American Farm Bureau has released its first assessment of the impact on farmers and ranchers in the wake of the national mitigation efforts to combat COVID-19.
In a letter to Secretary of Agriculture Sonny Perdue, AFBF President Zippy Duvall pledged that “America’s farmers and ranchers will be with you every step of the way, doing all that we can to help you win this fight and to ensure the health, safety and prosperity of all America.” USDA invited Farm Bureau to convey agricultural issues or concerns arising as the pandemic mitigation efforts and impact advance. Duvall said labor, supply chain issues and possible price manipulation topped the list of immediate issues farmers are raising with the national organization.
On March 16, 2020, the U.S. Embassy and Consulates in Mexico announced that in response to COVID-19, routine immigrant and nonimmigrant visa services will be suspended starting March 18, 2020, until further notice. The suspension of services includes both visa interviews at the embassy and consulates as well as processing at the Centros de Atención a Solicitantes (CAS). This suspension will impact the arrival of H-2A workers to Virginia agricultural operations.
Visa activities for those who are “interview waiver eligible” will be prioritized by the State Department. Workers eligible for interview waivers include returning H-2A applicants whose visas have expired in the last 12 months and are now applying for the same visa classification and did not require a waiver the last time they applied for a visa. This clarification is an improvement from the original information received from the State Department but does not guarantee full workforce accessibility. It is also unclear at this time how many workers would qualify under this exception en route to Virginia.
The U.S. Department of Agriculture (USDA) is standing up a new team of U.S. Department of Agriculture (USDA) staff that will lead a department-wide effort focused on serving beginning farmers and ranchers.
“More than a quarter of producers are beginning farmers,” said USDA Deputy Secretary Stephen Censky. “We need to support the next generation of agricultural producers who we will soon rely upon to grow our nation’s food and fiber.”
To institutionalize support for beginning farmers and ranchers and to build upon prior agency work, the 2018 Farm Bill directed USDA to create a national coordinator position in the agency and state-level coordinators for four of its agencies – Farm Service Agency (FSA), Natural Resources Conservation Service (NRCS), Risk Management Agency (RMA), and Rural Development (RD).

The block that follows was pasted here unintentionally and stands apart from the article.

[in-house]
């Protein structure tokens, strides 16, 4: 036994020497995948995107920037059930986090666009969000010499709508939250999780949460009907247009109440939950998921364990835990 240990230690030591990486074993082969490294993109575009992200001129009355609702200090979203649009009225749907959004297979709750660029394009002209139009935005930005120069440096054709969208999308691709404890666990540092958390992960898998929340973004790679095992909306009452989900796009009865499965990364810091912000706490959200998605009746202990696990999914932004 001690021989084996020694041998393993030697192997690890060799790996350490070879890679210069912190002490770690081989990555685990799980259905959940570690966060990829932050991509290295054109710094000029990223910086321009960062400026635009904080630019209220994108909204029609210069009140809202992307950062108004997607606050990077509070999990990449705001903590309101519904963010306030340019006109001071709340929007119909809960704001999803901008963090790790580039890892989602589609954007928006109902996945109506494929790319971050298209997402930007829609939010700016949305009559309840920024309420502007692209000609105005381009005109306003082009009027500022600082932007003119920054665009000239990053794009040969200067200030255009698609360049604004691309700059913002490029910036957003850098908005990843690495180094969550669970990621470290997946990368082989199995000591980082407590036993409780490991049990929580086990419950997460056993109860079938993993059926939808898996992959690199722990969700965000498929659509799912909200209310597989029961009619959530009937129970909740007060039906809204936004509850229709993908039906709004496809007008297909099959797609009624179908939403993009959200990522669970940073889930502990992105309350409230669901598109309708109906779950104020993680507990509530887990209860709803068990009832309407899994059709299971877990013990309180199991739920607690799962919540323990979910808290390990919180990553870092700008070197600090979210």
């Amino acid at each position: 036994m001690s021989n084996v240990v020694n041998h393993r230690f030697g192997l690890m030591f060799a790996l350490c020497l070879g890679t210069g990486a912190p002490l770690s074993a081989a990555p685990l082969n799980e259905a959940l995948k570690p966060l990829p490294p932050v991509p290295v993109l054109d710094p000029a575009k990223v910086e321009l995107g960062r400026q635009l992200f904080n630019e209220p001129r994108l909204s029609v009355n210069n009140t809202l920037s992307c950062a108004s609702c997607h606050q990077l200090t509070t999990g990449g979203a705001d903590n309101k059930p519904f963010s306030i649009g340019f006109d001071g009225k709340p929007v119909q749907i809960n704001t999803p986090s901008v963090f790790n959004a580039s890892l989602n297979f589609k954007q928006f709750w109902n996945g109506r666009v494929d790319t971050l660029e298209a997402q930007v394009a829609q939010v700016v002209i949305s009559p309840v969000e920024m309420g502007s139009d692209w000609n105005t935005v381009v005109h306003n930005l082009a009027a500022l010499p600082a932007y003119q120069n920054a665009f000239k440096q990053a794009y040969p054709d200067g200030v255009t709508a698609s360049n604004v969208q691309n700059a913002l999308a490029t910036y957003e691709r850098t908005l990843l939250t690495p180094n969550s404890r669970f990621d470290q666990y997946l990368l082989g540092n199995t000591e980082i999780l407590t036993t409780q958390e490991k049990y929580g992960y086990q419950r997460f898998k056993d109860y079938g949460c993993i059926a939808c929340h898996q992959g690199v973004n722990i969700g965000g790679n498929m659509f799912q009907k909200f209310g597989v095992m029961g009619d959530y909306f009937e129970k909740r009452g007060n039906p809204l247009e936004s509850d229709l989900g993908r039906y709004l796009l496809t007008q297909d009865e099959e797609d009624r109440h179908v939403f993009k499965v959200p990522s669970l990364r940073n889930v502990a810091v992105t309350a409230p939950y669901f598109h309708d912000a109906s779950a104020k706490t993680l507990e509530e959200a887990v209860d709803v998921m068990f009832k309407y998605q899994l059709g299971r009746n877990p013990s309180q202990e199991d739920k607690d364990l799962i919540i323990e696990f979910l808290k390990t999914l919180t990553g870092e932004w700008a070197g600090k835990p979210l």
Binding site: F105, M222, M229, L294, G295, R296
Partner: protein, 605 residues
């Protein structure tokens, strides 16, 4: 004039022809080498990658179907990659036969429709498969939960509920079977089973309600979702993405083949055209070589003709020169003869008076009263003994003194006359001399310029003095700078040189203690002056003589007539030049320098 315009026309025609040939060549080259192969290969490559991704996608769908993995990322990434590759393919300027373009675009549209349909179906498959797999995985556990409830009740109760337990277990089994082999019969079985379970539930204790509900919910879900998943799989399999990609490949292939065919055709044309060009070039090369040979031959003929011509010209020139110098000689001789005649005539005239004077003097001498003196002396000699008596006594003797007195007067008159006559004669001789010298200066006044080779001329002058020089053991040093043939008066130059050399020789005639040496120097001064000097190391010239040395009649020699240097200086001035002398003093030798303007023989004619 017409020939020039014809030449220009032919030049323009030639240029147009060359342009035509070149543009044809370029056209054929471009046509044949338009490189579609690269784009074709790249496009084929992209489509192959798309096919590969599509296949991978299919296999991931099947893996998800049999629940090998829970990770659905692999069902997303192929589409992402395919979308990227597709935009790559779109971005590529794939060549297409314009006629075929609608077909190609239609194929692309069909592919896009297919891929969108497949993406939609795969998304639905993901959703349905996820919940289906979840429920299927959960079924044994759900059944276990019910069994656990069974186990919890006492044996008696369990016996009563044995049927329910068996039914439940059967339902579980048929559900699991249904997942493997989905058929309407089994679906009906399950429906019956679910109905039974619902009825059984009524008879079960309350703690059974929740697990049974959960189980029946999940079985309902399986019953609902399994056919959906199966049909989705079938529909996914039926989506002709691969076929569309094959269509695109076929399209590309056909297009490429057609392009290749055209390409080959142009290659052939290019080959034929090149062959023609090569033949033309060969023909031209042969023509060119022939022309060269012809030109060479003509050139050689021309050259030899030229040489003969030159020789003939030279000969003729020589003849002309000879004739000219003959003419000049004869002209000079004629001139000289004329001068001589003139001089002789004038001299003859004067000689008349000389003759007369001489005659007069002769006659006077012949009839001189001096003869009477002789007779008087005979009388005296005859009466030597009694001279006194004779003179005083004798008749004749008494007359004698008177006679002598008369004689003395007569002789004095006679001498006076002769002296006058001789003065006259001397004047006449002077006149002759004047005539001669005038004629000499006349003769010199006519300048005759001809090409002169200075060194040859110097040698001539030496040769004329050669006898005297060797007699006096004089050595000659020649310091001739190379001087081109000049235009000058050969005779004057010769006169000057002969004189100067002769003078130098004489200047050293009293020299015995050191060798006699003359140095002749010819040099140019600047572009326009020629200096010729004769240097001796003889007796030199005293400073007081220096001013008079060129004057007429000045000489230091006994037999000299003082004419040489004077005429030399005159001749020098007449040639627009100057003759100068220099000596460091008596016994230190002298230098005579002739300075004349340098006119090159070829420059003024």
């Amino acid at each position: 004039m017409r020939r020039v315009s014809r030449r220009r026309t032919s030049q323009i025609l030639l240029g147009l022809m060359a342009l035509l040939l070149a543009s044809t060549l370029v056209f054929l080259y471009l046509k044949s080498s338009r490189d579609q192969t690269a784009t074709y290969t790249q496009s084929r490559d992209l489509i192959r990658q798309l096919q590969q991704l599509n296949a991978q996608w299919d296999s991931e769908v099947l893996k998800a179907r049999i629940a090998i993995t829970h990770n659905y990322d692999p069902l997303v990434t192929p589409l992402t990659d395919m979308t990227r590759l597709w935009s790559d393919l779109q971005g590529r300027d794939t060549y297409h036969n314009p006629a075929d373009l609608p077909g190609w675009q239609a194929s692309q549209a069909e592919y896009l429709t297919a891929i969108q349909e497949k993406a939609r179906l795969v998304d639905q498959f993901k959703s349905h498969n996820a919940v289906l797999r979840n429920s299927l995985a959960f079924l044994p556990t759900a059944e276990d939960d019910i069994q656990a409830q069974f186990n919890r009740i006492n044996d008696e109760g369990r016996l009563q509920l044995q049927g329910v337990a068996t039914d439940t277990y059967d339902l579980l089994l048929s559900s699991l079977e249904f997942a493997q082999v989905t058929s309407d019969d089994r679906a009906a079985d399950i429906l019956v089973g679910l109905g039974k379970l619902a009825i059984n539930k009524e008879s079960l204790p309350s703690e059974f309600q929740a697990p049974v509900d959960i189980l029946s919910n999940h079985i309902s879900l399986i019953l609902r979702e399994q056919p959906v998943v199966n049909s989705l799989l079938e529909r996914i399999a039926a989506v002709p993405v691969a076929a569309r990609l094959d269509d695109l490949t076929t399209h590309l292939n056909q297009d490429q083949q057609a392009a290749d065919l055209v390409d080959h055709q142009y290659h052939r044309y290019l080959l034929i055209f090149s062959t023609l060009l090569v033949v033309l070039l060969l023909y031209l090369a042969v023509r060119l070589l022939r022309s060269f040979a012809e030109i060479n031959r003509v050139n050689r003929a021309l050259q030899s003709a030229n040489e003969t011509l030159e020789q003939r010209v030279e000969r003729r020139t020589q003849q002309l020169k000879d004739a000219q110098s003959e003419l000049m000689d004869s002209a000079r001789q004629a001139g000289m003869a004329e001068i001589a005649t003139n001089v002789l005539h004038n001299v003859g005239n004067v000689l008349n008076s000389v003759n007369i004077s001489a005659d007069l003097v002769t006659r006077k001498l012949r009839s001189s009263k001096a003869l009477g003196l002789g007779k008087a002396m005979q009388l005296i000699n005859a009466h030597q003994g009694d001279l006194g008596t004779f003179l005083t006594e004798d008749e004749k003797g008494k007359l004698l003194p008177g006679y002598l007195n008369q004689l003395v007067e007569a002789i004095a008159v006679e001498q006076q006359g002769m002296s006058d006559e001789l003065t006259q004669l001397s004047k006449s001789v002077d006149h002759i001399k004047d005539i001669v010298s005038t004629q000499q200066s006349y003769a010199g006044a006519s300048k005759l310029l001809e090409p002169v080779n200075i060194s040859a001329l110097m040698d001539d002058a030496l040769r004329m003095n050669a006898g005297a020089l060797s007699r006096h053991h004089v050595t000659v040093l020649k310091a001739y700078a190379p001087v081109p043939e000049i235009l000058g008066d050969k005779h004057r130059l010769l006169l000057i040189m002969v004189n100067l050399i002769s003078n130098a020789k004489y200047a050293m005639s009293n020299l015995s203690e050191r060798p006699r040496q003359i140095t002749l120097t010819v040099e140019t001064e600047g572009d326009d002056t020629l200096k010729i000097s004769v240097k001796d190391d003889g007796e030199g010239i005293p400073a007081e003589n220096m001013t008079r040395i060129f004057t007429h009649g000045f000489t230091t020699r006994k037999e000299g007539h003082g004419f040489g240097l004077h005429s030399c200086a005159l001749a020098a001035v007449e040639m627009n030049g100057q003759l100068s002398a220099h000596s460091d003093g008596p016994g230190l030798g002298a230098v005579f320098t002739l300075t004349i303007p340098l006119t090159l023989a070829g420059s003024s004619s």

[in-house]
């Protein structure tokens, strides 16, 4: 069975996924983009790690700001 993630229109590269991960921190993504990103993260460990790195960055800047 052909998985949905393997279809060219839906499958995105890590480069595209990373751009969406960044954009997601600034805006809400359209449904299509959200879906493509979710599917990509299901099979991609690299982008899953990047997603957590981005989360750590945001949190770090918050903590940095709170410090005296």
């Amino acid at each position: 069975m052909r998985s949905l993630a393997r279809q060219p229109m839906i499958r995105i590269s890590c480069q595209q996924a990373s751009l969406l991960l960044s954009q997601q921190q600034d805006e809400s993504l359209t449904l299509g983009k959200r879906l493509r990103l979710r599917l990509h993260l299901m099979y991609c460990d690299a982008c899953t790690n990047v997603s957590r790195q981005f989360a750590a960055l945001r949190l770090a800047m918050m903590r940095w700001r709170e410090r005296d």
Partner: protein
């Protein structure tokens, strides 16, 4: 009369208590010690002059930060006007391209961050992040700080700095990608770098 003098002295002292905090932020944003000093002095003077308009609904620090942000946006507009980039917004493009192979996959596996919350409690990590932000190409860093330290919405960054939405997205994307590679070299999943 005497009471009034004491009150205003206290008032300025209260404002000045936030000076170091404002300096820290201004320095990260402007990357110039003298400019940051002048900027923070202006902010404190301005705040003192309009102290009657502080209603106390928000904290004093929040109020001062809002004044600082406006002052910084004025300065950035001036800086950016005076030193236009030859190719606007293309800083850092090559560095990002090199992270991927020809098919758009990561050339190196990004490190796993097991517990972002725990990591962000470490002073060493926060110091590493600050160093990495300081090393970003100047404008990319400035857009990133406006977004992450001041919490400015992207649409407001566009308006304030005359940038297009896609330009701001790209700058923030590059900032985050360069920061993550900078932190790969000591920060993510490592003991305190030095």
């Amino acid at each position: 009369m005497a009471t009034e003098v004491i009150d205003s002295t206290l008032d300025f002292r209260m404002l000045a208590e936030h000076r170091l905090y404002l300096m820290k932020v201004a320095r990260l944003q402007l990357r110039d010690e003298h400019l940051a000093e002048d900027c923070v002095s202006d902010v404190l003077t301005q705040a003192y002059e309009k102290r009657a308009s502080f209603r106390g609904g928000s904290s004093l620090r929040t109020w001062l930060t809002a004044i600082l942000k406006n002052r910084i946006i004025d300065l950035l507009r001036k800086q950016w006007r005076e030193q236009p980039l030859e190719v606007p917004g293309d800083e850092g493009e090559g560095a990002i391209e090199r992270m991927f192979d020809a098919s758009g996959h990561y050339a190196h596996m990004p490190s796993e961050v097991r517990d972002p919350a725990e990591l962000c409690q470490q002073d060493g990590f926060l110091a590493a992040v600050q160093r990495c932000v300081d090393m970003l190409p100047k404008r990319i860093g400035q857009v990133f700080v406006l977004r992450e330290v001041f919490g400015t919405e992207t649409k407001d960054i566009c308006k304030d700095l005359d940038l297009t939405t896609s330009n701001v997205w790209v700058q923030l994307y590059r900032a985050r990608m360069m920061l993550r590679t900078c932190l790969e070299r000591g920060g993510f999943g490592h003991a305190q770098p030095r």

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Future farm planning and strategy were themes of the Virginia Grain and Soybean Annual Conference earlier this year.
University of Nebraska Harlan Agribusiness Professor Emeritus Dr. Ron Hanson kicked off the event by reminding producers that while nearly 80% of farmers say they want their farms to be passed to their children, only 20% have a succession plan.
“It’s the parent’s responsibility to start the plan,” Hanson told the audience. “Empty chairs at the dinner table happen, so you better have a plan in place.”
Some farm families avoid estate planning because it’s emotionally difficult, and discussions about money, property and land ownership can put family relationships to the test. Secrets and fear of sharing financial information become roadblocks to putting a plan into place.
Ticks are a nuisance to many, but they can pose a threat to farmers whose livestock are at risk for disease spread by the pests.
Most active in warm weather, ticks typically are prevalent in early spring through the summer and fall. Some can even be spotted in the winter if it’s mild enough.
Below is our final General Assembly update featuring our “smiley-face scorecard.” Thanks for watching!
Veterans and active military personnel interested in post-military careers in farming can learn about available resources during a two-day conference in mid-March.
Virginia State University’s Small Farm Outreach Program and the Veteran Farmer Coalition will host “Boots to Roots” March 17 and 18 at the Gateway Event Center in Colonial Heights.
Opening day seminars will teach veterans how to apply for grants available to retired military personnel and how to utilize resources offered by U.S. Department of Agriculture agencies. Conference attendees also can take a bus tour of Slade Farms in Surry County, which is operated by military veteran and retired Virginia Cooperative Extension agent Clif Slade.
The U.S. Department of Agriculture can’t predict the future, but it can make an educated guess with data from prospective planting surveys submitted by the nation’s farmers.
Intentional acreage reports––a collection of annual surveys asking farmers how many acres of specific crops they intend to plant––will be merged into a comprehensive report to be released on March 31. The USDA National Agriculture Statistics Service’s report will help speculators predict how many acres of crops will be planted this year and aid commodity traders in setting prices.